Easter Monday was set to be a sunny one, at least in the afternoon, but the rest of the week wasn’t looking so good, forecast-wise. So this was a day for fitting in a good long ride. Our previous longest was a 58 mile round trip to North Berwick, and we were dead on our feet at the end of that one. But the thing is, if we had just ridden for 4 more miles, we’d have done a total of 62, or to put it another way, we’d have hit the impressive sounding milestone of 100 kilometres. If we were going to reach this milestone without risk of medical emergency, a few things were going to have to change compared to our previous longest ride. Firstly, we would use our road bikes, which are lighter and should be less tiring to ride. Secondly, the route (another North Berwick round trip) would take a much less hilly route overall. Thirdly, we were going to take a much longer break for lunch and eat and drink plenty during the ride, as lack of rest surely contributed to our problems last time. And finally, the ace up our sleeve: the wind was coming from an Easterly direction (quite appropriate, for Easter Monday). That meant that for our final few miles, the wind would be helping us rather than sapping our last reserves of strength.
We headed off down the A7 on a slightly misty morning, with me feeling a little chilled after deciding to leave my windproof jacket at home. The route took us through Newtongrange and into Dalkeith, where we mostly followed the cycle path to Musselburgh. After riding through the town centre and past the racecourse, we turned left at the roundabout, bringing us onto the coast road to North Berwick. We took a brief break at Longniddry Bents to share the first of four cereal bars that we’d brought along for extra energy. As we cycled along, the sun very gradually burned off the mist and it began to get warmer. However, on the more exposed areas, the headwind made its presence felt, and we slowed down quite a bit.
As we passed Dirleton, we paused on the verge for a quick piccie of the castle, but then found it hard to get back onto the road again for the traffic: everyone seemed to be heading to North Berwick. There were some roadworks leading into North Berwick which held us up a bit, but finally we got through them and made a bee-line for the chip shop, as it was lunchtime. Colette and I shared fish & chips, along with cups of very hot tea which took a while to cool, forcing us to take a decent long break. We sat on a wall to do that, eating our lunch in the warm sun and watching the world go by. After that we moved to the beach front, where Colette spent a while taking photos and I shivered in the cold onshore wind, finally taking refuge in a bus shelter.
Leaving North Berwick, we followed the coast road round to Tantallon, past some spectacular scenery. We then cycled up close to Tantallon Castle get a better photo, but to get right up would have required parting with the cash for the entry fee. As I was worried about the rest of the ride, I persuaded Colette to leave it for another day and we carried on. Getting a membership for Historic Scotland would be a good idea, so we could drop in on such places for as short or as long a visit as we like, and not feel the need to get our money’s worth on the entry fee each time. Watch this space…
Next, we followed the road away from the coast, past Whitekirk and Tyninghame, feeling the benefit of the wind behind us for the first time. We then turned west at the A199, riding along the adjoining cycle path to East Linton, where we took the cycle route headed towards Haddington. That went us past Hailes Castle, where we stopped for another break and shared another cereal bar.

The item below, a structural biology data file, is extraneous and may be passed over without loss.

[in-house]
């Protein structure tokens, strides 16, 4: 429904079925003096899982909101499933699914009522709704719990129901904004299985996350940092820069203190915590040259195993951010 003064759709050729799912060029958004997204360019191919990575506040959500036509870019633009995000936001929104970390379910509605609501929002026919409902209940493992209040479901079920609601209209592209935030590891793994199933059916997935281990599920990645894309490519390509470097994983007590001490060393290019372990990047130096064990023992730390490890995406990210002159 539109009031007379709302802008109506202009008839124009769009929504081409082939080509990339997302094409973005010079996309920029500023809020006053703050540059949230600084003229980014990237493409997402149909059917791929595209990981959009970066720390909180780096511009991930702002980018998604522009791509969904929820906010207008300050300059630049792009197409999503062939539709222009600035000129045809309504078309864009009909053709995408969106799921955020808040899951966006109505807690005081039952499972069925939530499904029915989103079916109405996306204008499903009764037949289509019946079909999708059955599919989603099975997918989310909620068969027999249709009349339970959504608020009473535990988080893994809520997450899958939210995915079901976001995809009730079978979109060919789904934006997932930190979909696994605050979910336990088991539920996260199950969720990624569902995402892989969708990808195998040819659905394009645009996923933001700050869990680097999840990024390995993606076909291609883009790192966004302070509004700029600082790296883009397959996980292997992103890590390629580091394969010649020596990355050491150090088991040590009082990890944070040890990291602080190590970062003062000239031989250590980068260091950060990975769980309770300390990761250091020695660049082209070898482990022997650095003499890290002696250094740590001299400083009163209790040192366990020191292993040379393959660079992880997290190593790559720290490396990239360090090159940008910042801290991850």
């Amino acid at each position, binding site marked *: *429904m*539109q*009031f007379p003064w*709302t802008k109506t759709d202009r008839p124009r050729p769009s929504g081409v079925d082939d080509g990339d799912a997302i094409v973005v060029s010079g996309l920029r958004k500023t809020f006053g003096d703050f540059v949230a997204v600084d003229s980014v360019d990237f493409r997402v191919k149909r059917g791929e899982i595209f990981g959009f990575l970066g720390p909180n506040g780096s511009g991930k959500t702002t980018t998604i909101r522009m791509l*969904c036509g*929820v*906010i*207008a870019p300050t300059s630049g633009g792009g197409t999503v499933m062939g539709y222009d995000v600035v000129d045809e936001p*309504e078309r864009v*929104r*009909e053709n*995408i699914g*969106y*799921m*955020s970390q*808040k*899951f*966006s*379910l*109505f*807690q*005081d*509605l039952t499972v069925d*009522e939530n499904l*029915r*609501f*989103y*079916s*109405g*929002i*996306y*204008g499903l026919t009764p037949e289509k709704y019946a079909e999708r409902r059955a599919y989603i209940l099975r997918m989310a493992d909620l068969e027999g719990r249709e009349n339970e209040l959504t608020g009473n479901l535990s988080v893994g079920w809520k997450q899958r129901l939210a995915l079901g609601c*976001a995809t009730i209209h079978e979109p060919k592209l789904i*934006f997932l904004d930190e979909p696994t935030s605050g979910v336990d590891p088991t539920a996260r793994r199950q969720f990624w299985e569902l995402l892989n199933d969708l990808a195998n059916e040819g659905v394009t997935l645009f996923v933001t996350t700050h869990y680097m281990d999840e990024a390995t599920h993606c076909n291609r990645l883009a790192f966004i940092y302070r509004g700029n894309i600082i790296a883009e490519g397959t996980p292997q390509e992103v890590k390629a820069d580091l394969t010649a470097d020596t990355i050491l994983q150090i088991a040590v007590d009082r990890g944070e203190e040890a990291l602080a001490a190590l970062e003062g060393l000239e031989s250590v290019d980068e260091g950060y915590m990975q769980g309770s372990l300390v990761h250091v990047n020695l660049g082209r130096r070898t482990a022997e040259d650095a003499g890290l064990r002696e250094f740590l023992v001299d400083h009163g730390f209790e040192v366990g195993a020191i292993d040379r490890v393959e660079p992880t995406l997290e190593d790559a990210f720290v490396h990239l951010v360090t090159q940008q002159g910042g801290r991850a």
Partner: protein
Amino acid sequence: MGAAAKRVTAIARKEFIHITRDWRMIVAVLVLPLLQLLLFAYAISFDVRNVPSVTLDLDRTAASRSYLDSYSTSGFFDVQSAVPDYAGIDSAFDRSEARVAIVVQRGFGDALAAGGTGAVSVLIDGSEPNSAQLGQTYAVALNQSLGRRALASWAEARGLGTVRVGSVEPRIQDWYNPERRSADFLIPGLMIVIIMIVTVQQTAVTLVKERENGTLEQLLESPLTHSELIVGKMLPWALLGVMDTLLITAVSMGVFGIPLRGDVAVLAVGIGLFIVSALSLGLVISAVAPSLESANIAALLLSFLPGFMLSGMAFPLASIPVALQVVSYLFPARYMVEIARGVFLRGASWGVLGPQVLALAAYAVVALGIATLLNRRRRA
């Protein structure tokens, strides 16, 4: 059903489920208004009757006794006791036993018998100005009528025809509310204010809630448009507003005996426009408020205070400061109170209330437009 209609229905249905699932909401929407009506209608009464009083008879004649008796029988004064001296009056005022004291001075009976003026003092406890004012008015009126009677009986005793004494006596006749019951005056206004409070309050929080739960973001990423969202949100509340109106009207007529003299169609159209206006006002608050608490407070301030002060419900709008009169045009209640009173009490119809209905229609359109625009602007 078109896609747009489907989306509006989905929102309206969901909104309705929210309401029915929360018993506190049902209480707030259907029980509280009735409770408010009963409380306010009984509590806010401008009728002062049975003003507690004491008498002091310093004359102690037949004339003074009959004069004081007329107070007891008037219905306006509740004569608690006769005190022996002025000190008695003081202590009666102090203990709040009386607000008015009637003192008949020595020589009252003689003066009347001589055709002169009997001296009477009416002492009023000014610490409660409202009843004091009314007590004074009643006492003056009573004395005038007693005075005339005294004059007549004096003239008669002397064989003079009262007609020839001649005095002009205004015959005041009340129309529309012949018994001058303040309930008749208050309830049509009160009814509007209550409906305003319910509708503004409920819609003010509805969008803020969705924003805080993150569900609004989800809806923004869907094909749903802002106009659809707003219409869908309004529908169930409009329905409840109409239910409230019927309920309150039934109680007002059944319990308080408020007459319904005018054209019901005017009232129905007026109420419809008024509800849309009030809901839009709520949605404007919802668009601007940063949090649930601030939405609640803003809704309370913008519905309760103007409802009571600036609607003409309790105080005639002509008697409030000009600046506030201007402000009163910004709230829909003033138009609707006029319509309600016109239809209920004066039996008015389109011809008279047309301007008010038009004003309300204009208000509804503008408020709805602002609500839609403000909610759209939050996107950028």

We continued along quiet roads until we reached Haddington for a comfort break. Our route took us south out of Haddington, then west, passing south of Pencaitland and through West Saltoun. Here, we encountered some positive gradients which felt unfamiliar to the legs, the route having been predominantly flat up till then. We zig-zagged along a few minor roads, taking us past Windy Mains saw mill and down to the ford at Costerton, where our final cereal bar was dispatched.
It felt like the pace was slowing quite a bit as we continued towards home. However, the A68 as we approached looked very busy, so we had to keep our wits about us for the few hundred yards of main road that were needed before turning off onto the B6458 to Tynehead. A few minutes down that road, Colette said the wanted a break because her wrists were feeling sore after absorbing all the shocks from uneven road surfaces and potholes.. Taking stock of my own aches and pains, my right albow was quite weak and sore, but to be honest it was like that from just a few miles in, although gradually getting more noticeable as the ride wore on. My wrists and hands however were holding up much better than on previous long rides, possibly down to having drop bars on my road bike which lets me shift to different hand positions every now and then.
The final few miles took a bit longer than expected, due to very long waits at the roadworks traffic lights, but once onto the A7 and heading for home, the wind was at our backs again and we sped along at quite a lick. Before long, we were home with very satisfied smiles across our faces! We had a well deserved big dinner and an early bed. So early in fact, that when I was woken later by agonising cramp in my thighs, at what I thought was the middle of the night, the clock said it was just 10 past 10! Despite the aches and pains, it was well worth it, but that means we now have to start aiming at the next milestone!